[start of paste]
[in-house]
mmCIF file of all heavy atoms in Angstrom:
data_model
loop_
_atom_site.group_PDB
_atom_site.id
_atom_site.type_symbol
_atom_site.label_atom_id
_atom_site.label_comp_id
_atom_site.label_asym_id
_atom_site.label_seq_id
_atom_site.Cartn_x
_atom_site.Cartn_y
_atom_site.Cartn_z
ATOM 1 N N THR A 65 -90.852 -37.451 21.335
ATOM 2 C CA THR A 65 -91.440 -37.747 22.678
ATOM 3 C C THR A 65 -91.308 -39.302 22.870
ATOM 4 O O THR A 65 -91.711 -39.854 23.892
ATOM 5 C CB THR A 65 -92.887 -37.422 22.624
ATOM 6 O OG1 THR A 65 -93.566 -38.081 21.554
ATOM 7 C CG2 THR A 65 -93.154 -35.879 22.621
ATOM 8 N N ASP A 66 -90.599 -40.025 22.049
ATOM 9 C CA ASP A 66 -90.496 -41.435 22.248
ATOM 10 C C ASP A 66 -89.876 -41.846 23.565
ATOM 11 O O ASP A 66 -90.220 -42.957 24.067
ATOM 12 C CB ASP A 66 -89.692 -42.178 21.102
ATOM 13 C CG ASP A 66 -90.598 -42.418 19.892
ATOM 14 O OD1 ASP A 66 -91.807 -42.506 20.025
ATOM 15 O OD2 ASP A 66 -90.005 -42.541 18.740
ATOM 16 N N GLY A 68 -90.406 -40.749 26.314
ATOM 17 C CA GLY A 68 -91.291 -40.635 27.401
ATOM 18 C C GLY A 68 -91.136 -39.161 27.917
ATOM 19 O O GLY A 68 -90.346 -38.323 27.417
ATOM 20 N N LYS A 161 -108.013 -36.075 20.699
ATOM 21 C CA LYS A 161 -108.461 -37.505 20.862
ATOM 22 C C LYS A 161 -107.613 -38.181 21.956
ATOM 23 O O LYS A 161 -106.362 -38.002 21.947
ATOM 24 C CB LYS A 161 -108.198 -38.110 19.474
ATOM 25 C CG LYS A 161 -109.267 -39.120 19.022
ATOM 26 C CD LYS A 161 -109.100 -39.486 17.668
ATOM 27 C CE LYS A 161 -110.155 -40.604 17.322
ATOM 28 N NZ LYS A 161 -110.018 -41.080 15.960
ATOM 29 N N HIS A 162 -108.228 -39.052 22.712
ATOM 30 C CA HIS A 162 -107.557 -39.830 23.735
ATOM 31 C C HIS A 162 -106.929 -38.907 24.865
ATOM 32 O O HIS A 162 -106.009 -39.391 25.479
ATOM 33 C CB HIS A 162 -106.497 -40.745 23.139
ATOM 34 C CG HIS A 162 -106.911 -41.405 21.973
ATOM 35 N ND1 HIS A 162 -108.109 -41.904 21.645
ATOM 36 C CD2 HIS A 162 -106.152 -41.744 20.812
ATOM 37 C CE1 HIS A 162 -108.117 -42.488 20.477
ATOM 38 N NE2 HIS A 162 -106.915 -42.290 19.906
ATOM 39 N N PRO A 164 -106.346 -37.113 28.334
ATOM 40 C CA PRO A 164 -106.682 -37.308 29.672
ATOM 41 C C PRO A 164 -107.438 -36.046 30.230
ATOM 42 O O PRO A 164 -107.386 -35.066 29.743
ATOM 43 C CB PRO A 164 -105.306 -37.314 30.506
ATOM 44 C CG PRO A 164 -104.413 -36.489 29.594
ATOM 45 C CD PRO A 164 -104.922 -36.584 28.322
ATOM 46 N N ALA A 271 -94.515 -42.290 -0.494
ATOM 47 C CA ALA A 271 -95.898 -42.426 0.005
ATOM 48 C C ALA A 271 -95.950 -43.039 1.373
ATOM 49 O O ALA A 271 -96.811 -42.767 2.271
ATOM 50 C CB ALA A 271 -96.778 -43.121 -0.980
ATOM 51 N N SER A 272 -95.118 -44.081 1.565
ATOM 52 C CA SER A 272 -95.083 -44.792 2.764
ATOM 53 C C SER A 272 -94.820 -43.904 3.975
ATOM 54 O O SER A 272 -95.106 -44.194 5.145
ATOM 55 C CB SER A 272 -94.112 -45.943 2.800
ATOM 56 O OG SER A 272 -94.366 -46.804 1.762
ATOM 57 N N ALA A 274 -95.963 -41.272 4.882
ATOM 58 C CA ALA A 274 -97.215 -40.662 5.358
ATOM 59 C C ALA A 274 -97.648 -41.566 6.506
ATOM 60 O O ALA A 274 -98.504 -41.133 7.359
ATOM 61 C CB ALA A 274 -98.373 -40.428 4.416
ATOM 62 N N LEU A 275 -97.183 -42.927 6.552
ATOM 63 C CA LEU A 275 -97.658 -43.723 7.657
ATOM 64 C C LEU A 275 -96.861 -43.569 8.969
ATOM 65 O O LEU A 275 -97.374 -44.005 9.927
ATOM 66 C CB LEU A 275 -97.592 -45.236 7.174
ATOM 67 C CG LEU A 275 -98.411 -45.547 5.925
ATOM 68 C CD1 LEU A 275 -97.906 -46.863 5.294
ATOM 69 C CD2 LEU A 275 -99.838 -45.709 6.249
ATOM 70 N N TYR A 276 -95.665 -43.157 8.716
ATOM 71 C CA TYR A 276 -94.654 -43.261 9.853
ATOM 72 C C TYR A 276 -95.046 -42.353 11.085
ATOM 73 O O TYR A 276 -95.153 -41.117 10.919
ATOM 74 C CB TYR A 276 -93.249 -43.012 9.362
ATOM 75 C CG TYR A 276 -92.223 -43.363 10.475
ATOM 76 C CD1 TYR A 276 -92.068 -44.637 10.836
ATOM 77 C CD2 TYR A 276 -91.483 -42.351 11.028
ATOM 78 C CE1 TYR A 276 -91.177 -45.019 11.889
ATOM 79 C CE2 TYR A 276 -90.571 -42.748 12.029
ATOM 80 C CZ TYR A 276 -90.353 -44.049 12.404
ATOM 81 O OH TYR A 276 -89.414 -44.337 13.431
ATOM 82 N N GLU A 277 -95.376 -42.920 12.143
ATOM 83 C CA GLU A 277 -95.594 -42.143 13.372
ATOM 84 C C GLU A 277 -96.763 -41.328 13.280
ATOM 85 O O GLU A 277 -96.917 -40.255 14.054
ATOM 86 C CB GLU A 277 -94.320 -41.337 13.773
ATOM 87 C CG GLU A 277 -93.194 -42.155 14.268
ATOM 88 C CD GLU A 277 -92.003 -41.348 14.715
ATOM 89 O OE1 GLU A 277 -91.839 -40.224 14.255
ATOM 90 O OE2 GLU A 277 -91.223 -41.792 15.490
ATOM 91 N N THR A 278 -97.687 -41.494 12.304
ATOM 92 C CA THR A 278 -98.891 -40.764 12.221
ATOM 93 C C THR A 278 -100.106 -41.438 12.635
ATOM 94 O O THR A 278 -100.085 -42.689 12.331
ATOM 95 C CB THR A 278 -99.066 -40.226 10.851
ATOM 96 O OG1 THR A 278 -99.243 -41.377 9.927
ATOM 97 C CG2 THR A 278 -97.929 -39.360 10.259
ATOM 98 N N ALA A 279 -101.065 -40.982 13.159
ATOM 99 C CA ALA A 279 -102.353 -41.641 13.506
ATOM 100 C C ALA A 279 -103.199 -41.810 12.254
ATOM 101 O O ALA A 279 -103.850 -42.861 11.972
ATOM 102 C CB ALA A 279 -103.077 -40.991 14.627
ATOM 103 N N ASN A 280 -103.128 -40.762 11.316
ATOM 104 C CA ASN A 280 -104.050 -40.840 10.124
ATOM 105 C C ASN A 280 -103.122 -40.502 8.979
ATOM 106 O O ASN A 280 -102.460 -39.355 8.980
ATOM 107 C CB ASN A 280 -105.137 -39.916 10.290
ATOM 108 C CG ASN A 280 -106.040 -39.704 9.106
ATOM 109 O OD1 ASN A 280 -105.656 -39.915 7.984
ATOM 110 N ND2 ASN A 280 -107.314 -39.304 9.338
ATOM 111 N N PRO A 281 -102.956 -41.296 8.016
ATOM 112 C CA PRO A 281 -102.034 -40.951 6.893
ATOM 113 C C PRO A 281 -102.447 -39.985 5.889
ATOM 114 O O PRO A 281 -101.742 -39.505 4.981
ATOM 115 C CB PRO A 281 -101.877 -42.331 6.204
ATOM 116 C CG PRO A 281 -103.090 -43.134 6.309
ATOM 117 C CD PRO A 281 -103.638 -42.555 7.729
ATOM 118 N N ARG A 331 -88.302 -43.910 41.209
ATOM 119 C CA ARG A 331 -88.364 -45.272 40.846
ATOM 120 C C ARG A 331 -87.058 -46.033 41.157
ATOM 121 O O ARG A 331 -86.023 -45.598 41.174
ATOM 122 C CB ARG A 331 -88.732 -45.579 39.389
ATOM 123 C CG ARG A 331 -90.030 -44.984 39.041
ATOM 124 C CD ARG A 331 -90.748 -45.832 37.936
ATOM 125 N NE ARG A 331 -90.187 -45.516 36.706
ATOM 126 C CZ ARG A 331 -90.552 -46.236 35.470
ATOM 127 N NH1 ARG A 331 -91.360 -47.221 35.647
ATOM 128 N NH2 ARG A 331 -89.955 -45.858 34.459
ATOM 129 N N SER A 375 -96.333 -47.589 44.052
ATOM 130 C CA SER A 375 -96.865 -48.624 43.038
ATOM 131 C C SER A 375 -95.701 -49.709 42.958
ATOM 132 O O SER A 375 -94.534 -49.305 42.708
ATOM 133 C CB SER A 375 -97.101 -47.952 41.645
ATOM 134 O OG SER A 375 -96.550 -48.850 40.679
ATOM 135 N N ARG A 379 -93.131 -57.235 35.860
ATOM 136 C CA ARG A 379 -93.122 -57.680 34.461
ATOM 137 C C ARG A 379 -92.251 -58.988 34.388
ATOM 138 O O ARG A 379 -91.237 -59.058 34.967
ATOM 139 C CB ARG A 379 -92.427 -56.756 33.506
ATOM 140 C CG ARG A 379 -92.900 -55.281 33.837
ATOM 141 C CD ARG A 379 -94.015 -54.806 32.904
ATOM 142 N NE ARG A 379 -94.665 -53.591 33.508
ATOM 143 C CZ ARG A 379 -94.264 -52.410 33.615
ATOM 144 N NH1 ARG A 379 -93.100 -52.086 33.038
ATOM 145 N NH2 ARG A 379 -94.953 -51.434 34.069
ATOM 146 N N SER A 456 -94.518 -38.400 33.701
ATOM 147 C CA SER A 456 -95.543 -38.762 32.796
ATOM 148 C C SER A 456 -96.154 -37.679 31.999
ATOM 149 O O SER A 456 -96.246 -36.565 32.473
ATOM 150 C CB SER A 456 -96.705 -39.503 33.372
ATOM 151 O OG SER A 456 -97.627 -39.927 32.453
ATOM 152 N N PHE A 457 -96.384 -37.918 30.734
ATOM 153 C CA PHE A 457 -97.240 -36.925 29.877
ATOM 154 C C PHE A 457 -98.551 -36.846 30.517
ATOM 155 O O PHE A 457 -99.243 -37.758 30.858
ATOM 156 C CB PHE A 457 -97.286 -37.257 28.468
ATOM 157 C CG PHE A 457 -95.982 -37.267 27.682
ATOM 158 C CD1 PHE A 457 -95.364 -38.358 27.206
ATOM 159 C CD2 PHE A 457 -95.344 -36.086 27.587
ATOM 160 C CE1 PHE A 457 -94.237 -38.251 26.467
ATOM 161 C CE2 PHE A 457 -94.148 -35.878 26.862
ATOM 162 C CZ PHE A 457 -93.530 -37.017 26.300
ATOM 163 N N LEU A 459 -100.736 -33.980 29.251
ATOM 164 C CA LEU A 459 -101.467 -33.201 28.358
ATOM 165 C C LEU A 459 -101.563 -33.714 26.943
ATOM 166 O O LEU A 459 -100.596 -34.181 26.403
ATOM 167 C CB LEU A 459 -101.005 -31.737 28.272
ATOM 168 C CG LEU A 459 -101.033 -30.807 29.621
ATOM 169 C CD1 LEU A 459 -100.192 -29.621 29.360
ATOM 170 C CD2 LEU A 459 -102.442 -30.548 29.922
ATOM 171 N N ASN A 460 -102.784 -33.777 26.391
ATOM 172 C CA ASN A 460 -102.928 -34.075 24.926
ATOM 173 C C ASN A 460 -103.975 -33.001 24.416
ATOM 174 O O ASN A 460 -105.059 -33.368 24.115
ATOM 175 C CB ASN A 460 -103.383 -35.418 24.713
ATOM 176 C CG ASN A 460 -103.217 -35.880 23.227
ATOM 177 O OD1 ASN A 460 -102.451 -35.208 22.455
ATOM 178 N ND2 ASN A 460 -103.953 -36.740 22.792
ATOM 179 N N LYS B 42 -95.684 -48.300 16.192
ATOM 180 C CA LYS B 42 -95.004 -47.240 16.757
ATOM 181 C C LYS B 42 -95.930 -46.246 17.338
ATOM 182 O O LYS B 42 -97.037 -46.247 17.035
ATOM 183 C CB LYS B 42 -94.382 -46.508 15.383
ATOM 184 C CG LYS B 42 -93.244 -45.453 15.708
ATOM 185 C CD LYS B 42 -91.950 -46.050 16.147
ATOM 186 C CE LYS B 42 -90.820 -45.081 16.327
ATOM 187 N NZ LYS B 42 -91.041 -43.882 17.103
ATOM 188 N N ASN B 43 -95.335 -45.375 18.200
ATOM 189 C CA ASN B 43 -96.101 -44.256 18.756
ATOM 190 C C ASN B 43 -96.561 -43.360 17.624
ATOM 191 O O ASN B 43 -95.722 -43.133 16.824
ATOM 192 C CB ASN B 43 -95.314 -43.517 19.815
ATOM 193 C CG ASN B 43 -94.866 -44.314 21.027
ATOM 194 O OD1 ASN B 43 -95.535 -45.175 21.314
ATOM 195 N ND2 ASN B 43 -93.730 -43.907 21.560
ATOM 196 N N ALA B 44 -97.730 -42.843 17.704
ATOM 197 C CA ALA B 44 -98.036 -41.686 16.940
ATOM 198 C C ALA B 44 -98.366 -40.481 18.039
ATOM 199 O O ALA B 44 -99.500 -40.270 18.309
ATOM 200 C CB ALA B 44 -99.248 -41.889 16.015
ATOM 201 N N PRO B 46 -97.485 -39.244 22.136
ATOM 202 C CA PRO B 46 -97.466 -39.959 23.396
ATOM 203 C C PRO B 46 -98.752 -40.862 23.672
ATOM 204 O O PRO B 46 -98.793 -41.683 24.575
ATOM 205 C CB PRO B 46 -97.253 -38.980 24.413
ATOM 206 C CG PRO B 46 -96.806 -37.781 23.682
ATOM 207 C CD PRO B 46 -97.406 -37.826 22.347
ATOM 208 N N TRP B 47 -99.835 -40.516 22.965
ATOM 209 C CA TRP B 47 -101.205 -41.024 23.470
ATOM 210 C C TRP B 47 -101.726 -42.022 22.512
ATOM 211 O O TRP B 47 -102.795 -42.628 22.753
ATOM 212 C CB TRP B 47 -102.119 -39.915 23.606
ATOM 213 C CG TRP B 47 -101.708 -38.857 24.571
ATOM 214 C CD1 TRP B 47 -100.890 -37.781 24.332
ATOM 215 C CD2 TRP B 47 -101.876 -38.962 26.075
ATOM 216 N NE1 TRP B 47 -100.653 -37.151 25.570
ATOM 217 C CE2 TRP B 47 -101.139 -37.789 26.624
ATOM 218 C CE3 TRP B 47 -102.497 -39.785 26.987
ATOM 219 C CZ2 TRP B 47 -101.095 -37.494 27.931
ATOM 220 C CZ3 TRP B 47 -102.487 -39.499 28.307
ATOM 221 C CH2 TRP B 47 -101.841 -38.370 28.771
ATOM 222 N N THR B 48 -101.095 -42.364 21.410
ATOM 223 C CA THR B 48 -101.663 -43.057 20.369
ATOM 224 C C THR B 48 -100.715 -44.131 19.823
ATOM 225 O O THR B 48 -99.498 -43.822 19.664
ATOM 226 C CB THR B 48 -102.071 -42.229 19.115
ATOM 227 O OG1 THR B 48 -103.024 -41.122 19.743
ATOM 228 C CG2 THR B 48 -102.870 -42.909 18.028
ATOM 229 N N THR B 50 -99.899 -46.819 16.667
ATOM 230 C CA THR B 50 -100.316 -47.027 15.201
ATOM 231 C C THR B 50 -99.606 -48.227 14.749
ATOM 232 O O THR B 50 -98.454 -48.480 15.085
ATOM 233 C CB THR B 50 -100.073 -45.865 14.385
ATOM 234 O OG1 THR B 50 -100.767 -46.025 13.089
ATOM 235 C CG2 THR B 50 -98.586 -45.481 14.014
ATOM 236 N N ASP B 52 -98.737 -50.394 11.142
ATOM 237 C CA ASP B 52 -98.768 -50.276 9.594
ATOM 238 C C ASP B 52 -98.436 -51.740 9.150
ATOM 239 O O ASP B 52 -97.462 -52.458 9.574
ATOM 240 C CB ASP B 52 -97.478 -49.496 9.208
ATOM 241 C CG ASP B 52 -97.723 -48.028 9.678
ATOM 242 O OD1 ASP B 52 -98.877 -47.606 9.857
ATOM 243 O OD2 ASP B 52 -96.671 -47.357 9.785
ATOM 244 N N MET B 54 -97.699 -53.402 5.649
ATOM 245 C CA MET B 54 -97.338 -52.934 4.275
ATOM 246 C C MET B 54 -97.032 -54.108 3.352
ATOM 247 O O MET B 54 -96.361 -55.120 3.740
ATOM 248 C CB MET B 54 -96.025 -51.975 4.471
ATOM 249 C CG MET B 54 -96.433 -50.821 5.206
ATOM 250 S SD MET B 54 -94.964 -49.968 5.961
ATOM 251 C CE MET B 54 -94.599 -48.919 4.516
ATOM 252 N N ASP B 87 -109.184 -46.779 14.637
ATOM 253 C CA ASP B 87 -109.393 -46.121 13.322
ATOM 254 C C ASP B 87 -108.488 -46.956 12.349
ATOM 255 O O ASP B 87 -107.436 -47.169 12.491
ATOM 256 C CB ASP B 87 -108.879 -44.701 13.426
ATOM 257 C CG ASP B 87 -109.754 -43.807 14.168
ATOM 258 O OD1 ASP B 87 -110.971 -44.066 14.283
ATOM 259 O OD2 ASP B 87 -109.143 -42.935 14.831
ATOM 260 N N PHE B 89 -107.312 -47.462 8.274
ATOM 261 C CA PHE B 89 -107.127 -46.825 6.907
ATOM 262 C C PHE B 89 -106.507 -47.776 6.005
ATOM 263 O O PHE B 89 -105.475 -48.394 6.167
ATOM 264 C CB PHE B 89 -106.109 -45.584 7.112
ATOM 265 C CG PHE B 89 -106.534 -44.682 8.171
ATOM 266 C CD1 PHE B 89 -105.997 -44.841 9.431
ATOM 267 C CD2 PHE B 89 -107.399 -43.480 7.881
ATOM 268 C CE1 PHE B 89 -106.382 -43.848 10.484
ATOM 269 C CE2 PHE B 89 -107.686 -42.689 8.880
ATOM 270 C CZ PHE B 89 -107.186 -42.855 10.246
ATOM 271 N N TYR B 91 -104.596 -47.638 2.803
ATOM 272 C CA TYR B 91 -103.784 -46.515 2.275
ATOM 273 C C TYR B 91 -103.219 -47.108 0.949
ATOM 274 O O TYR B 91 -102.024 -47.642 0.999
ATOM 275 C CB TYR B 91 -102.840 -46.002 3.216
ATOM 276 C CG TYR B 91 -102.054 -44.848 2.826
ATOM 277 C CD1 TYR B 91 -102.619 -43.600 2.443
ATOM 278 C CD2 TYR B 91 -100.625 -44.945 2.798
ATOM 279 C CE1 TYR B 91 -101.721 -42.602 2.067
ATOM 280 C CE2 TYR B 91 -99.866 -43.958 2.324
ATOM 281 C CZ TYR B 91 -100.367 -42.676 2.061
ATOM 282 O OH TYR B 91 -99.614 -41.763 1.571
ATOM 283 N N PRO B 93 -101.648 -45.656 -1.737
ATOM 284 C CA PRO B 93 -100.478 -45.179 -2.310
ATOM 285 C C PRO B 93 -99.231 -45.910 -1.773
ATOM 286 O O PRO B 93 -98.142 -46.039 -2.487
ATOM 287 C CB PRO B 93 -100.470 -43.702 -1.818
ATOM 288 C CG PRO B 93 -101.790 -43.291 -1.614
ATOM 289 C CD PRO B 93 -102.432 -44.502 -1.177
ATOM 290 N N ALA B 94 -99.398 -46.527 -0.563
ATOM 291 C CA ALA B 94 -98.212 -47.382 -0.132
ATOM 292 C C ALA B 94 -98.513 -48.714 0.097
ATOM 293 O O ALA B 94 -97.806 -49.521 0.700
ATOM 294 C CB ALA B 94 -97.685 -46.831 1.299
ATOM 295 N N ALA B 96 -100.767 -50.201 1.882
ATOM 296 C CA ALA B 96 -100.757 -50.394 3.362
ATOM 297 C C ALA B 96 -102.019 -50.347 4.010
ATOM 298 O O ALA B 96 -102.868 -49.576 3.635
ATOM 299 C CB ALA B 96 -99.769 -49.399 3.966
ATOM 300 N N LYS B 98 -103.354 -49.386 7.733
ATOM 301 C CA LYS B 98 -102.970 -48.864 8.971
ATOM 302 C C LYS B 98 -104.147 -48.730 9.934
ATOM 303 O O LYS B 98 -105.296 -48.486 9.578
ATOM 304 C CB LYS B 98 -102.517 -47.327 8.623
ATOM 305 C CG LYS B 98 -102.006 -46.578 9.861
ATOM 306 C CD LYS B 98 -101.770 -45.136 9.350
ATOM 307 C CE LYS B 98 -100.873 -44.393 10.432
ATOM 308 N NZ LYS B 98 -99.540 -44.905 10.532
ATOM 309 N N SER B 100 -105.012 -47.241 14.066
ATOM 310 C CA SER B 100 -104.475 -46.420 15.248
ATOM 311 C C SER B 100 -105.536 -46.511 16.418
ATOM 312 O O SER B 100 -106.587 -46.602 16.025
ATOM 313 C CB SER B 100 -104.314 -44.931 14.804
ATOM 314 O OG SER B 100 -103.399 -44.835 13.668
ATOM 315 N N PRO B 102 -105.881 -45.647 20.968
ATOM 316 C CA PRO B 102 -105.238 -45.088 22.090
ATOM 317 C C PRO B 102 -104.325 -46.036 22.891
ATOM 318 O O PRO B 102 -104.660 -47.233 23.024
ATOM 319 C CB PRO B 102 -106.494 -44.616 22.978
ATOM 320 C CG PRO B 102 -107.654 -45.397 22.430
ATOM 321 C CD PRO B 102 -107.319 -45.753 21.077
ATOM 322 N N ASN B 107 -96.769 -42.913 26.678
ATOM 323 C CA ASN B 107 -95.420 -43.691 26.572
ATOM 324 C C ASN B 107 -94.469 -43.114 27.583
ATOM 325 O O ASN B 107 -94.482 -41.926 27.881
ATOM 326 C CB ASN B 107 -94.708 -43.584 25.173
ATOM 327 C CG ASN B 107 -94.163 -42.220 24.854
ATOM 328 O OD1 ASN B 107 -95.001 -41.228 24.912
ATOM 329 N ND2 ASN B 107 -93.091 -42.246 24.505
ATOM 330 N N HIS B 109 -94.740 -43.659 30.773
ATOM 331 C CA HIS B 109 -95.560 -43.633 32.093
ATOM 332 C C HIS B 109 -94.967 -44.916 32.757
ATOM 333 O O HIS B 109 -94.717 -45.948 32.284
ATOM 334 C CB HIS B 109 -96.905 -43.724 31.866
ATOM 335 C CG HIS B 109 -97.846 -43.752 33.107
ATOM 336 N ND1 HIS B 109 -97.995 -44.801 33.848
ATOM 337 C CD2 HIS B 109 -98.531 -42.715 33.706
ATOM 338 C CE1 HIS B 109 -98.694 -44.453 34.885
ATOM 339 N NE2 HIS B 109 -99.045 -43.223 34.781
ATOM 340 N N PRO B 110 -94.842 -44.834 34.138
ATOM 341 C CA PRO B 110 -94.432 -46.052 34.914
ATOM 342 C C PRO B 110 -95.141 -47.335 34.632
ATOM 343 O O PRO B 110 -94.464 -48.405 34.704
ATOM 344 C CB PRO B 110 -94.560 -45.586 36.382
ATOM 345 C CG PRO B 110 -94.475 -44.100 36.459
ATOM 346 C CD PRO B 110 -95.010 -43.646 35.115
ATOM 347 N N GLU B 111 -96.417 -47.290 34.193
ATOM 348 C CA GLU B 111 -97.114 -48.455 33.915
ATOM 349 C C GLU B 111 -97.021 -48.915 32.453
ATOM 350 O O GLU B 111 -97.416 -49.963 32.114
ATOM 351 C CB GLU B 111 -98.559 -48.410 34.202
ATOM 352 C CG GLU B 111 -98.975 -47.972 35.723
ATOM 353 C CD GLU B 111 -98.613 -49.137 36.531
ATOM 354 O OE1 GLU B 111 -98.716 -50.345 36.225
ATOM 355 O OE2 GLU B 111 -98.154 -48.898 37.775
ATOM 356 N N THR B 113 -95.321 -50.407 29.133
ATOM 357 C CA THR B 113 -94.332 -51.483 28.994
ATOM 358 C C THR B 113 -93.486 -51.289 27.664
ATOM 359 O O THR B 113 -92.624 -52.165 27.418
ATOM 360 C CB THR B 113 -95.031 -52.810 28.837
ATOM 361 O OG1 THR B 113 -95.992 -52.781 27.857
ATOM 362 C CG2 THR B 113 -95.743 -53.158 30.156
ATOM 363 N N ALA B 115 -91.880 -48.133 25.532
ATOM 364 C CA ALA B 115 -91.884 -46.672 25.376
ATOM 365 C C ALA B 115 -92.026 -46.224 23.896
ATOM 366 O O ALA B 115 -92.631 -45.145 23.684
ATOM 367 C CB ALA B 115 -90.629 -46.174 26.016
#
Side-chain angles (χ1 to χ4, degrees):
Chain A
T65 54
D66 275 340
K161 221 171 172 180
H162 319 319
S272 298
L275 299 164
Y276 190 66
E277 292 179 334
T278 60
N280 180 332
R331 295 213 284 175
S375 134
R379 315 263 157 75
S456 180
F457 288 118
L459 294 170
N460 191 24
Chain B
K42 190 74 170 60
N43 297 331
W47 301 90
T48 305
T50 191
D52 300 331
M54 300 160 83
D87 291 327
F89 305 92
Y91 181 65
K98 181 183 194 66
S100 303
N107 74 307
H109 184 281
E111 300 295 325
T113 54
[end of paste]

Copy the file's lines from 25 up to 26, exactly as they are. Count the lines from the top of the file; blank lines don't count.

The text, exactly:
ATOM 11 O O ASP A 66 -90.220 -42.957 24.067
ATOM 12 C CB ASP A 66 -89.692 -42.178 21.102